Content operations experts come from media and newsroom. They can develop, document processes, and educate the organizations about roles and rules, routines and cadence. They know what content commissioning means - much more than writing creative briefs -. Content operation executives take care of stuff like rights management.

Consistency matters, and it cannot rely only on some people you hire. People can leave. Processes last longer. Have faith in the process: combined with a sound editorial mission, the process will allow you to run content year long and effective.


Different contents sit in different departments, and they often work in silos. To those departments, the only means of consistency is the brand book. Sophisticated brands have transformed the brand book into a digital brand concierge, where brand assets, rules and best practices are maintained and approval workflows establish.

In other companies, some centralised content departments exist to ensure they produce content at speed and consistency. Their focus is more on operations and less on content strategy: often, they are “factories”, made to deliver an internal service at a lower cost than a third party agency.

No matter where your content makers sit across departments, in-house or outsourced, it is a matter of fact that more content means also noise and inconsistency. To avoid that, you need governance over ideation, execution and processes. Brand governance is not enough. You need Content governance.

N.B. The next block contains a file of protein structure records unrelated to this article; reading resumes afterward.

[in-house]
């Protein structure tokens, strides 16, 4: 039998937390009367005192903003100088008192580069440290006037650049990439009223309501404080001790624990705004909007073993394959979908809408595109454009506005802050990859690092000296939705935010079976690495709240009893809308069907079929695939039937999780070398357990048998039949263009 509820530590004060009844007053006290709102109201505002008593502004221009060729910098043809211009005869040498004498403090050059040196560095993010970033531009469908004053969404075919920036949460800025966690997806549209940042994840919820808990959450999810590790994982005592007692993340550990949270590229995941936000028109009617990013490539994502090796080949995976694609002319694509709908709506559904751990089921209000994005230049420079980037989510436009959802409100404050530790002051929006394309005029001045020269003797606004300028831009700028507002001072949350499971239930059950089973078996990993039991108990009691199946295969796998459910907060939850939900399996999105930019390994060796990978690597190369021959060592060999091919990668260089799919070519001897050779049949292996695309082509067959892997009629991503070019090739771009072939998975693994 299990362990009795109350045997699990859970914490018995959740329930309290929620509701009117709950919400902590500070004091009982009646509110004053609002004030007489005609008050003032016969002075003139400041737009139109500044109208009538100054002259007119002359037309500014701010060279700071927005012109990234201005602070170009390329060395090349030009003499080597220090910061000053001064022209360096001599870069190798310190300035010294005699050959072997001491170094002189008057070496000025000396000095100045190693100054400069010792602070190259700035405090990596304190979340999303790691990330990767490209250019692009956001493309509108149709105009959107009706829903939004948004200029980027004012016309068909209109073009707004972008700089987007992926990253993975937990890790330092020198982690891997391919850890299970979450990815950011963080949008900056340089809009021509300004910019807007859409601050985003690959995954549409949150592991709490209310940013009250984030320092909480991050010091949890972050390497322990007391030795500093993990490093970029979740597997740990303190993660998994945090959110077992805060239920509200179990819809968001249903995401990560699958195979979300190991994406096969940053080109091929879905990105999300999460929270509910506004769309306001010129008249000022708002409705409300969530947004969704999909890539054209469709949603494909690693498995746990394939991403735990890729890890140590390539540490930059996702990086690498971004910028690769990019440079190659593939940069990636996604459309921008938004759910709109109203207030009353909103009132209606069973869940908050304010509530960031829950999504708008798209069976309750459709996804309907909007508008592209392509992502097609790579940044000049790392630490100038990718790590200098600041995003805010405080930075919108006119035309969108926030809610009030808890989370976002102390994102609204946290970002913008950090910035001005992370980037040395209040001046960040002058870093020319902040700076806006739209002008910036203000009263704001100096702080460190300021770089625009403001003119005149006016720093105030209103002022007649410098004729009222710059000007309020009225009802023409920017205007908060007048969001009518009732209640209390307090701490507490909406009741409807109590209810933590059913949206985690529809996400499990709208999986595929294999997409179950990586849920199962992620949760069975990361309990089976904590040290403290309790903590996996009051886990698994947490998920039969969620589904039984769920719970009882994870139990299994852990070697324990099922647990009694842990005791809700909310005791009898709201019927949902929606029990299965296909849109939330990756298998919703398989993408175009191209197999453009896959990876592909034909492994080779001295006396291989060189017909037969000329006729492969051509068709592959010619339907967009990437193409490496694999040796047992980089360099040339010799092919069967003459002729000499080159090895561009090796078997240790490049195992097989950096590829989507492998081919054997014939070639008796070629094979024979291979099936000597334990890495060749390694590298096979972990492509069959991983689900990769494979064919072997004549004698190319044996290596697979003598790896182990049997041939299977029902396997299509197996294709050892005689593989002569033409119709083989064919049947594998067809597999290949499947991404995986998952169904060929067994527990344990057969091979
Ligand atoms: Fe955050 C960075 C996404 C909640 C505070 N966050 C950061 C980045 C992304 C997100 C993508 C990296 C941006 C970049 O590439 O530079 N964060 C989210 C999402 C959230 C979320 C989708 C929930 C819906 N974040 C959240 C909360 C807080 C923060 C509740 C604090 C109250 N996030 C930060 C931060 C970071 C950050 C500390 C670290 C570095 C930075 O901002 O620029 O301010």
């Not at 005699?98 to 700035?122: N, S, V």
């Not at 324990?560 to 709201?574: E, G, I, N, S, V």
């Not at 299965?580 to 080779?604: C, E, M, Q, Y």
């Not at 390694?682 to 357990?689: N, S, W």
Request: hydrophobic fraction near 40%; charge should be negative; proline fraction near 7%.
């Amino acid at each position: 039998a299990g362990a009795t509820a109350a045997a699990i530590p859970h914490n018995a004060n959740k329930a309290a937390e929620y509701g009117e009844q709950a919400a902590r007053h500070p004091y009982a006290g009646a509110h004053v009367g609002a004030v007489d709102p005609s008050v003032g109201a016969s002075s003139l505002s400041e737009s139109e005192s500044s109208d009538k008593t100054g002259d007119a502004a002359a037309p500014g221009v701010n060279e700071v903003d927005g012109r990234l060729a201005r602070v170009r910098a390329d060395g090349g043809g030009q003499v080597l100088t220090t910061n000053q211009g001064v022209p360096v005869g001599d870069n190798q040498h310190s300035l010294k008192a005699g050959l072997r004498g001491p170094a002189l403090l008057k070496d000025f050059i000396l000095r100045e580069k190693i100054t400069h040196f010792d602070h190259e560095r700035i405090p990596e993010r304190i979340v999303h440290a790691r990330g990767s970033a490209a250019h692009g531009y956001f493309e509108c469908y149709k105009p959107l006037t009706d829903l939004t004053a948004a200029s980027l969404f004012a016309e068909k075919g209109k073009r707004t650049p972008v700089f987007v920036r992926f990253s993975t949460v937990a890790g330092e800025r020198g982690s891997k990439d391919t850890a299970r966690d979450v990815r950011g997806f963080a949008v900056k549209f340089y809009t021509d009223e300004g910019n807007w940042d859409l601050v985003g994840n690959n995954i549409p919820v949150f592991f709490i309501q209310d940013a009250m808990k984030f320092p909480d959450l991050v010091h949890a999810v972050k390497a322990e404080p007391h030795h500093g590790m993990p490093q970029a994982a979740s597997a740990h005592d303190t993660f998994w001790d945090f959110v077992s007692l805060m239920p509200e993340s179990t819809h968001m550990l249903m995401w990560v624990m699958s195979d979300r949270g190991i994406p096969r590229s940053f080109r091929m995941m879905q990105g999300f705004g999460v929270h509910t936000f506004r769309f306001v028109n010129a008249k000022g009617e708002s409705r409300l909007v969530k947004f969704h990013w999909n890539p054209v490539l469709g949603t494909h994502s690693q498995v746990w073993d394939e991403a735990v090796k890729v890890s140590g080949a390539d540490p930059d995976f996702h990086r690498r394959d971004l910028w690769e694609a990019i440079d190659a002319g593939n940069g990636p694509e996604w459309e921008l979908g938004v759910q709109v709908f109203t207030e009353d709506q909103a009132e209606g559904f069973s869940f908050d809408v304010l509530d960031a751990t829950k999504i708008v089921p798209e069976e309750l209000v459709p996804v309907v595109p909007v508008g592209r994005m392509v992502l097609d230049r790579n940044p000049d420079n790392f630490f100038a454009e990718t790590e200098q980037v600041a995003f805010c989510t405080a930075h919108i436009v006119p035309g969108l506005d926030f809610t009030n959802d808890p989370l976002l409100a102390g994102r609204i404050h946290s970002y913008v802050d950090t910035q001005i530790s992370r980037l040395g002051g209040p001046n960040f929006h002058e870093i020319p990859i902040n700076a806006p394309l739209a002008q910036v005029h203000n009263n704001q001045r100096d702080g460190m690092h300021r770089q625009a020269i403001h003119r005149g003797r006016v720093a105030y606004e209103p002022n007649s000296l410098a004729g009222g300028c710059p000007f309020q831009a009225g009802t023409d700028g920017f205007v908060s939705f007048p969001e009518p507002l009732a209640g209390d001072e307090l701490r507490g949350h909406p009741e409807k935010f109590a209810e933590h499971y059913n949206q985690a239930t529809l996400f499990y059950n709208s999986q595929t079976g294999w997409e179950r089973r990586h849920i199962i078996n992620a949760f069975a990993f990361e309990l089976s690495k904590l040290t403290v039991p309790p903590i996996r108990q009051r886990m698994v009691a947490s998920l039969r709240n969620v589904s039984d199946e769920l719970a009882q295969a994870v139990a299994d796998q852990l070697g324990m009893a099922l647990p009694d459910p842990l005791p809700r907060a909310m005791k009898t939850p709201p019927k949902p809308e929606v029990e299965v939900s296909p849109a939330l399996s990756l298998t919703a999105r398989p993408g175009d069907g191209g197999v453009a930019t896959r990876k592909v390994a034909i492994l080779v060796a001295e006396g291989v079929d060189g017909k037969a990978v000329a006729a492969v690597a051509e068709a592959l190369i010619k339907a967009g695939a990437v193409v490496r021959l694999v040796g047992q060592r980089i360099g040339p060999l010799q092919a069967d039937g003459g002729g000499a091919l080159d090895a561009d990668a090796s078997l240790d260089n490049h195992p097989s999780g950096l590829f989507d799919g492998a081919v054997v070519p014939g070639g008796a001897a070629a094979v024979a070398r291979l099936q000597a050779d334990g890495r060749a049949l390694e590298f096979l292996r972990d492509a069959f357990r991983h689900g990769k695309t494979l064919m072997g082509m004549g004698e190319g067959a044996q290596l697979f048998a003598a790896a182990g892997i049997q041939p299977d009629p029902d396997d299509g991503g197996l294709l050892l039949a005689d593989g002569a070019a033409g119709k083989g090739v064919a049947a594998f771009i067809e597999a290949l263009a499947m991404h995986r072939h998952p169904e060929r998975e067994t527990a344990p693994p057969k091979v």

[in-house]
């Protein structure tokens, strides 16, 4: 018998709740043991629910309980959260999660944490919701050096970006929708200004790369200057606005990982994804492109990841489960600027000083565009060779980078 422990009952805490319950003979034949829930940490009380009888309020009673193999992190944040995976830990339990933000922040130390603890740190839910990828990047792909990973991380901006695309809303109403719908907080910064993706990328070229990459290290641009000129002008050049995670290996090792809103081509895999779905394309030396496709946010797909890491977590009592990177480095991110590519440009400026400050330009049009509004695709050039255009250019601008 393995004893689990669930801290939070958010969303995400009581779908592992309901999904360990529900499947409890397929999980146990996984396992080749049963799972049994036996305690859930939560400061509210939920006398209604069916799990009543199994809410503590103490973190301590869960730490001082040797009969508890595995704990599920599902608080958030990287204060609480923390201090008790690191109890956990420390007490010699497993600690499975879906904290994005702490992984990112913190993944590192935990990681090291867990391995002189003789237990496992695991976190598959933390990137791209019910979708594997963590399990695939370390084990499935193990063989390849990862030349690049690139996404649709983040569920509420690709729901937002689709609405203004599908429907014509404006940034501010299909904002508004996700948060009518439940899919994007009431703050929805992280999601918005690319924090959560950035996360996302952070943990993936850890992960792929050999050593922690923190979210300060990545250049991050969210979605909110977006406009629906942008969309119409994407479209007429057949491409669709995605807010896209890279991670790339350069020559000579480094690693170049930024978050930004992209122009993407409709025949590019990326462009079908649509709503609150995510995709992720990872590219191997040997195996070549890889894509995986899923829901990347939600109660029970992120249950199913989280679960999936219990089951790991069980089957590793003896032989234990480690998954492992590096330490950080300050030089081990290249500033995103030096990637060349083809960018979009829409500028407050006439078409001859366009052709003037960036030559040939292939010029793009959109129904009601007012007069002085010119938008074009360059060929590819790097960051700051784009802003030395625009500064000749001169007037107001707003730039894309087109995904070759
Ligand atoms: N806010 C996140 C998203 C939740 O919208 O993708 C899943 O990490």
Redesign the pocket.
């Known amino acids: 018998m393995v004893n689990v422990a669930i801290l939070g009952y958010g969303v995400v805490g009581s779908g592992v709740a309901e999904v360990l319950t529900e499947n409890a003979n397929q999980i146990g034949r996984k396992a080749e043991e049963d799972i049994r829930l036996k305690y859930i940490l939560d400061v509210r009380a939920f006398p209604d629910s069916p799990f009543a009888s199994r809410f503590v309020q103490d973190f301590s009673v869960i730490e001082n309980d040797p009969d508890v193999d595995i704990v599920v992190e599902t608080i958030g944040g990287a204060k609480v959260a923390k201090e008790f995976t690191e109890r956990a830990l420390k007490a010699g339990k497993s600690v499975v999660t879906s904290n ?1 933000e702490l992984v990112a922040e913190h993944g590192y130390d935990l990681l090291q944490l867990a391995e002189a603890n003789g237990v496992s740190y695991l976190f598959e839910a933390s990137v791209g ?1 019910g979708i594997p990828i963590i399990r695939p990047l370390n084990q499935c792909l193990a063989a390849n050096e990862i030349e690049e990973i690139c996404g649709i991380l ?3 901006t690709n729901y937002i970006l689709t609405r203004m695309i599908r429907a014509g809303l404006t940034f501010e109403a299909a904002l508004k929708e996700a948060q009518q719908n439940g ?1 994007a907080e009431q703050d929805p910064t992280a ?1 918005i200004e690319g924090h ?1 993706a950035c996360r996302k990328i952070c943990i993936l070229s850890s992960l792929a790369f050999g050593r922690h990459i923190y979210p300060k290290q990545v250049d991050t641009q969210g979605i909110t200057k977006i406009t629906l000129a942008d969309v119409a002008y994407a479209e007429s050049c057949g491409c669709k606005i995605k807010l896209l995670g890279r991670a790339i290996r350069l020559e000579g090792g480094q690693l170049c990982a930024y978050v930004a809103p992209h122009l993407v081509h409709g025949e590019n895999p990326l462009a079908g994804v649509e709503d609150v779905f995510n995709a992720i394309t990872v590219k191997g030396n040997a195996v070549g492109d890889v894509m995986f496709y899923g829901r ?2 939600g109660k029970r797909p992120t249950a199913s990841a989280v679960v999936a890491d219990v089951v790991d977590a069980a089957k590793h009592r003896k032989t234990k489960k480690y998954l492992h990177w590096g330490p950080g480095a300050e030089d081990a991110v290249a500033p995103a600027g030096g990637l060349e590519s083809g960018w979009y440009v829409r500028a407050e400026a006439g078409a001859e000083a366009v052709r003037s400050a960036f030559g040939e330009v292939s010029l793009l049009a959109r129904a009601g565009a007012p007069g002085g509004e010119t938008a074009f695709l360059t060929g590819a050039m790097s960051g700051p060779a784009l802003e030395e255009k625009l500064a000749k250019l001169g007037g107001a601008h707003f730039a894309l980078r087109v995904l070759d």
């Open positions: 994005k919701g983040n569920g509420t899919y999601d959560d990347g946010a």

That is the job of a Chief Content Officer.

You do not need to be a media company to hire a CCO.


Content governance means to ensure that all content - marketing, sales collaterals, customer communications, Pr and UX copy - consistently reflect the brand proposition and are infused by its values, following the same playbook; that content delivers value to audiences and customers.

Content governance happens when you give someone full ownership and accountability for content, independently from where the content creators sit. As the owner of the content, the Chief Content Officer does not need to be the one authoring, editing or policing all content.

Instead, she develops both the content strategy and the playbook and coordinates the processes of developing, distributing and measuring content against expected outcomes. Since many content-related processes take place across departments and organizations, there is a lot of communication and alignment involved. You need someone for that.

Most times, a Chief Content Officer is the one that developed those processes from scratch and the organization that will make content happen (in-house, outsourced, mixed). That means, the CCO is about organizational management, not creativity. It is about vision and leadership.. The CCO is a leader and a coach that encourages others to develop ideas and stories. It is very much an educational role, whose purpose is to instil a culture of content also in departments that have little to do with it (e.g. sales or customer service).